Now I have to find a copy of that Artists Edition of John Byrne. I have the John Byrne FF Omnibus and it is one of my favourite “big book” collection.

  2. Great post, Dennis. When I was a kid, the first comics that I read regularly was John Byrne’s Fantastic Four issues. I started reading during the 280’s, which included the X-Factor cross-over issue, and I stopped reading the F.F. shortly after Byrne left the title at issue #293. As an adult now, these are still my comic books from that period.

  3. I was reading Fantastic Four at this time and loved it. I’m not sure why but one of my strongest memories in comics was skipping out from school at lunch and running over to the corner store off of Sanford Avenue in Hamilton and picking myself up a copy of that big double sized Fantastic Four #236. Great issue!

  4. I have only Silver Age FF, but from what I’ve seen of the Byrne run I agree completely. Don’t like reprints. I’d have to have the originals. Our local comic shops have a selection between $3 and $5 each the last time I looked.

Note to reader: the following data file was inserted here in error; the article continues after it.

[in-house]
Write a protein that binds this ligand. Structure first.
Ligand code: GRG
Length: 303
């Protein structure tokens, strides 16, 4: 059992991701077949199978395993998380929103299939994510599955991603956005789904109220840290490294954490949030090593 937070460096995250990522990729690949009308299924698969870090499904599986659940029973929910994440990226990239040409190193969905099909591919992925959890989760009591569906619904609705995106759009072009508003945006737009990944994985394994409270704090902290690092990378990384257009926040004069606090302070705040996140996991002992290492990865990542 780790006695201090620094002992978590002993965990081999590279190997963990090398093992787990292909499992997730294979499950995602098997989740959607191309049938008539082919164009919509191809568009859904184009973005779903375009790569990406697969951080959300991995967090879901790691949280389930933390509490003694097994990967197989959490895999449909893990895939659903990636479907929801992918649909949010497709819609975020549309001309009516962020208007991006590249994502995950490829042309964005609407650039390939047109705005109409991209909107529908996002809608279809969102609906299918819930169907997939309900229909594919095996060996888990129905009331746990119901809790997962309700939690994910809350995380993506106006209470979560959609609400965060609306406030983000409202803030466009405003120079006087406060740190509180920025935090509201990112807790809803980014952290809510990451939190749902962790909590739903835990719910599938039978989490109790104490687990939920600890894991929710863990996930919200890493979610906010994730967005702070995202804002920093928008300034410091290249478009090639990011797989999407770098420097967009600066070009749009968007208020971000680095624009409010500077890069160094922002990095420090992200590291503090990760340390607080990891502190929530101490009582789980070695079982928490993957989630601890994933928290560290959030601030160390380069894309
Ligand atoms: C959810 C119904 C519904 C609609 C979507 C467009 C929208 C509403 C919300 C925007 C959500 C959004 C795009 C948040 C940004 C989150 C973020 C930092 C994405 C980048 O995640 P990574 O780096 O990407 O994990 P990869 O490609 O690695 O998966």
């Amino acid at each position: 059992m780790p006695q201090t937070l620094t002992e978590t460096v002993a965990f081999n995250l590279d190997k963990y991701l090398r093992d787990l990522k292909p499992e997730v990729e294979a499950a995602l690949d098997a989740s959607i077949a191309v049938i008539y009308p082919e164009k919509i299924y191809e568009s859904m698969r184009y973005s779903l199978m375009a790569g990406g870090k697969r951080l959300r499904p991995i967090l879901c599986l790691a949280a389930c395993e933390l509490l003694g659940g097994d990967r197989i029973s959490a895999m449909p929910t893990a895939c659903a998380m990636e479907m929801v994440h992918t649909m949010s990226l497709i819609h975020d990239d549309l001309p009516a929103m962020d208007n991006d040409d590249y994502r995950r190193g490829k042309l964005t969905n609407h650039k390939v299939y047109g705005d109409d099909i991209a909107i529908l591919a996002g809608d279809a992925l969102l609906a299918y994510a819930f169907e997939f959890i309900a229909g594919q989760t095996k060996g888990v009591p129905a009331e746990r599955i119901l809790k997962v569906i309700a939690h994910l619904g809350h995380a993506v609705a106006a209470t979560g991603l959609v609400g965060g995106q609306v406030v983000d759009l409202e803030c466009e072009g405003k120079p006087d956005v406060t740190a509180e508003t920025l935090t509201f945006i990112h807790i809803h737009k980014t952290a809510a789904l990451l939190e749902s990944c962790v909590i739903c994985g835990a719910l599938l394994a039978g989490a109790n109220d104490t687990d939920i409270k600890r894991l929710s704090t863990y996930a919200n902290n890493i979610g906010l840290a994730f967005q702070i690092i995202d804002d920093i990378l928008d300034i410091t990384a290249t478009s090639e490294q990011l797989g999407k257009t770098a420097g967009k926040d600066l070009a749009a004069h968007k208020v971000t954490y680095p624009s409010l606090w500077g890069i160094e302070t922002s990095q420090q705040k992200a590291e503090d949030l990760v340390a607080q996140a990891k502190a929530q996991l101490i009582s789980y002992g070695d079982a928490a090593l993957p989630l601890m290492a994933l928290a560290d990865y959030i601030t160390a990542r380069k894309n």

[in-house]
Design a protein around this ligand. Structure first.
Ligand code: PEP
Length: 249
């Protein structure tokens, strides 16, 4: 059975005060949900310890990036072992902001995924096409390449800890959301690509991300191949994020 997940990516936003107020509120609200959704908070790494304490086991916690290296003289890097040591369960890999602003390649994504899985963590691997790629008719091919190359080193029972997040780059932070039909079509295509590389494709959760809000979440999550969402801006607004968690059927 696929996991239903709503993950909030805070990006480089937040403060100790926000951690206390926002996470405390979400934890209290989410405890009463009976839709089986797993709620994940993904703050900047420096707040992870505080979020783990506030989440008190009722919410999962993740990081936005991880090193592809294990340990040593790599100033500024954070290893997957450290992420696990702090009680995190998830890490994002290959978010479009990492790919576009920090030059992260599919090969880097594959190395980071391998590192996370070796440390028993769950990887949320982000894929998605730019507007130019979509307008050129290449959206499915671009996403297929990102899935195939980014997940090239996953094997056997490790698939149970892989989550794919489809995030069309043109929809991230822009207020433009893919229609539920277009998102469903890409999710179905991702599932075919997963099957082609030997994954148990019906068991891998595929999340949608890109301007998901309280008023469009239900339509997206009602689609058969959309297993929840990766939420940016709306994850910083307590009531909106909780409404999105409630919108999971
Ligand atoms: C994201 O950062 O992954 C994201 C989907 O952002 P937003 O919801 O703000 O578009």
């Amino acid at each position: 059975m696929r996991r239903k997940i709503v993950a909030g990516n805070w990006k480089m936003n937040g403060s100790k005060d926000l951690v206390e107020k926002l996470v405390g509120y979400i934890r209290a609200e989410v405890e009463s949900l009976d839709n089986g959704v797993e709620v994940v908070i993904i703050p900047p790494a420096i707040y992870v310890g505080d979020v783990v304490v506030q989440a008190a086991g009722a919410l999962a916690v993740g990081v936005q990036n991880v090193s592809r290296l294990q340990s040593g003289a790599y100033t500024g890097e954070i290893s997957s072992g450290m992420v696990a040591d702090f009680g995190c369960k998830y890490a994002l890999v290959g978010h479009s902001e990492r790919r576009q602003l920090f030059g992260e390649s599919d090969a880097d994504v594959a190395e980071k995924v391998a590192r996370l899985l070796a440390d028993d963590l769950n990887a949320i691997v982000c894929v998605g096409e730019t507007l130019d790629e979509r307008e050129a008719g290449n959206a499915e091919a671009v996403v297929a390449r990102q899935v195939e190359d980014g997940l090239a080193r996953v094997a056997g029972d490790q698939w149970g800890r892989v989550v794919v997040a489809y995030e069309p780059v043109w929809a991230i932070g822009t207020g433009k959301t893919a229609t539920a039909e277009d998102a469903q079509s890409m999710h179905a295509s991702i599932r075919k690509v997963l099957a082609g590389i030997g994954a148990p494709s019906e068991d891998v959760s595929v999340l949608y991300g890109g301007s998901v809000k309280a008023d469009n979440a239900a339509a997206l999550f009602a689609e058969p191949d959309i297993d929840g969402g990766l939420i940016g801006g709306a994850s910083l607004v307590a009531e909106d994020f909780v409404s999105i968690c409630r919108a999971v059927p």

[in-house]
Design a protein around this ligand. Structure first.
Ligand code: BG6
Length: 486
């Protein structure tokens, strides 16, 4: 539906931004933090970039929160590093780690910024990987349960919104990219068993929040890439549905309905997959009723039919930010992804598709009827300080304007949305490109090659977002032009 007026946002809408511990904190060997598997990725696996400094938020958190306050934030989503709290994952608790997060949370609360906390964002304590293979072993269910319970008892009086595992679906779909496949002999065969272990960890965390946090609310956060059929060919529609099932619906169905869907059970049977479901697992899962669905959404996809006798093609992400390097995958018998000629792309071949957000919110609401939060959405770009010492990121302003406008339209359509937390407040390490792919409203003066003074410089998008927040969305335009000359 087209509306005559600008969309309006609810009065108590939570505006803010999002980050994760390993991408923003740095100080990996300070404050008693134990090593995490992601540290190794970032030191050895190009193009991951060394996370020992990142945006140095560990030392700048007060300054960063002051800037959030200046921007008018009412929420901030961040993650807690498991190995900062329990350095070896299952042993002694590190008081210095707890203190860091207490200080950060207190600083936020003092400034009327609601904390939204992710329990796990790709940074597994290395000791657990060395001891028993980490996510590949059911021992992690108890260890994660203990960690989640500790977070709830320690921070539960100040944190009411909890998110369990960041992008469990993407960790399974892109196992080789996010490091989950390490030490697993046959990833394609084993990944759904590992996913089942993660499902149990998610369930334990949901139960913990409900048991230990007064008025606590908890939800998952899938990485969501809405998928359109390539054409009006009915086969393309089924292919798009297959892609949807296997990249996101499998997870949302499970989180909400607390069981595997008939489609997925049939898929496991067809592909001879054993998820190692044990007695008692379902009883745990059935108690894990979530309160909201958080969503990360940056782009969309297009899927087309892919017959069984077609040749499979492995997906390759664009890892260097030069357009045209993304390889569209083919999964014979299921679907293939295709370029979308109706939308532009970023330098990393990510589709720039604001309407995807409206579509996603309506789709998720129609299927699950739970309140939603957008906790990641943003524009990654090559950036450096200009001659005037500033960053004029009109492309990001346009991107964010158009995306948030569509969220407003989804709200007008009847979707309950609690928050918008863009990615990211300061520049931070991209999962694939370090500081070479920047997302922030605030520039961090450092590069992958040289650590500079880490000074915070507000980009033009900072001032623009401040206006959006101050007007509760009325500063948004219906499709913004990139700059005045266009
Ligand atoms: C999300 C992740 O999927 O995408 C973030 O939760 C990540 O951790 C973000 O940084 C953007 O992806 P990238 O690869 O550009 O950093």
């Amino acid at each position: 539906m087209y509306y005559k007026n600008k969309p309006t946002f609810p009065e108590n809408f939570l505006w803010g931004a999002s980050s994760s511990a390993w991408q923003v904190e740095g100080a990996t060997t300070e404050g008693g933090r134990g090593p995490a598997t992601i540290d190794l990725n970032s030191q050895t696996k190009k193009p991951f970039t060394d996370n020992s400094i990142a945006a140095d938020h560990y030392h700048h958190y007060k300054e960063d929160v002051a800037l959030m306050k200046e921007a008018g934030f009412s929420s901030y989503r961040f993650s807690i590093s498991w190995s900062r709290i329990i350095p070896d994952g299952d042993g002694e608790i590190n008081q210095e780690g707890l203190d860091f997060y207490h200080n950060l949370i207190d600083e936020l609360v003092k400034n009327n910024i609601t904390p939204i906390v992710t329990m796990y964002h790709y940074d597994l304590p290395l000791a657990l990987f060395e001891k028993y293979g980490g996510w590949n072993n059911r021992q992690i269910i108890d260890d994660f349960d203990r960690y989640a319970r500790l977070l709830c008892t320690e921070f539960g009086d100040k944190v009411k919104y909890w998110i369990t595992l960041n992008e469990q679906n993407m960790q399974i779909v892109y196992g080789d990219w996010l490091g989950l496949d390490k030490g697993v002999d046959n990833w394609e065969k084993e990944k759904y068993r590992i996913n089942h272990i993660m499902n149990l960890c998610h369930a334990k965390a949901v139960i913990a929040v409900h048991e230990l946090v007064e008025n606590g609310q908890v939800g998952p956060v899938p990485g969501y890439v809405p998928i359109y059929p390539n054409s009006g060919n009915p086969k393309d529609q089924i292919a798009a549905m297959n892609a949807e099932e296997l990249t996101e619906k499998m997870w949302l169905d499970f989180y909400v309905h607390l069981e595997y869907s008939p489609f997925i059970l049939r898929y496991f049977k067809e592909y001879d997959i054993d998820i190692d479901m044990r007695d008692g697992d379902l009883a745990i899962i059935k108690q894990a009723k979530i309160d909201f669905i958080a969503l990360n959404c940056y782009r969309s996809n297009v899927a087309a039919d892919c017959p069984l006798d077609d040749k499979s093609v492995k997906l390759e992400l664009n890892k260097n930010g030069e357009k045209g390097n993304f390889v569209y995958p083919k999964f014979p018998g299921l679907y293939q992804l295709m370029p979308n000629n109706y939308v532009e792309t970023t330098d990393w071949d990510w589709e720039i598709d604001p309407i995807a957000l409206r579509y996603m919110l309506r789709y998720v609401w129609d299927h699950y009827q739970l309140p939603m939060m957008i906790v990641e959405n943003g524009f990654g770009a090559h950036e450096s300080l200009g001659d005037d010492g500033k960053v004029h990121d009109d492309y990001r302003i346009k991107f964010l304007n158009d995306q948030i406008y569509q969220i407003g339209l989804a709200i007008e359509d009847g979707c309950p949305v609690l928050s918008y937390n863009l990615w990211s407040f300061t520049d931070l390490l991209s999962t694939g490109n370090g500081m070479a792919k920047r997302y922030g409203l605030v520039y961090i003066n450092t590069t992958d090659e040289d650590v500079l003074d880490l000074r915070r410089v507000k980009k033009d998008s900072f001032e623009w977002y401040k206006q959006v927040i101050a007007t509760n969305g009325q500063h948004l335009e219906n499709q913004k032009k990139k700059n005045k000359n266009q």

5. Reprints don’t do it for me either Tom.There is again something very special about holding a vintage copy in nice shape that enhances the enjoyment for me .I have a complete run of the Byrne Fantastic Four , but just came upon an almost complete run of never read ,bagged and boarded John Byrne FF’s. Bone white pages and NM/Mint issues that I am just going to hang onto. And they were also in the $3 range. Certainly a bargain!

  6. I too have always admired John Byrne’s work. He really perked up the FF who I thought were going through a bit of a stale patch prior to his arrival.

    The true testament to John Byrne’s skill was when he made Namor and interesting read for a couple of years.

  7. He also used some very interesting inking techneiques in Namor as well.He used some kind of zip a tone that was pretty interesting!

  8. I am not going to argue about the beauty of John Romitas women.Or John Buscemas women either, or Gene Colan or….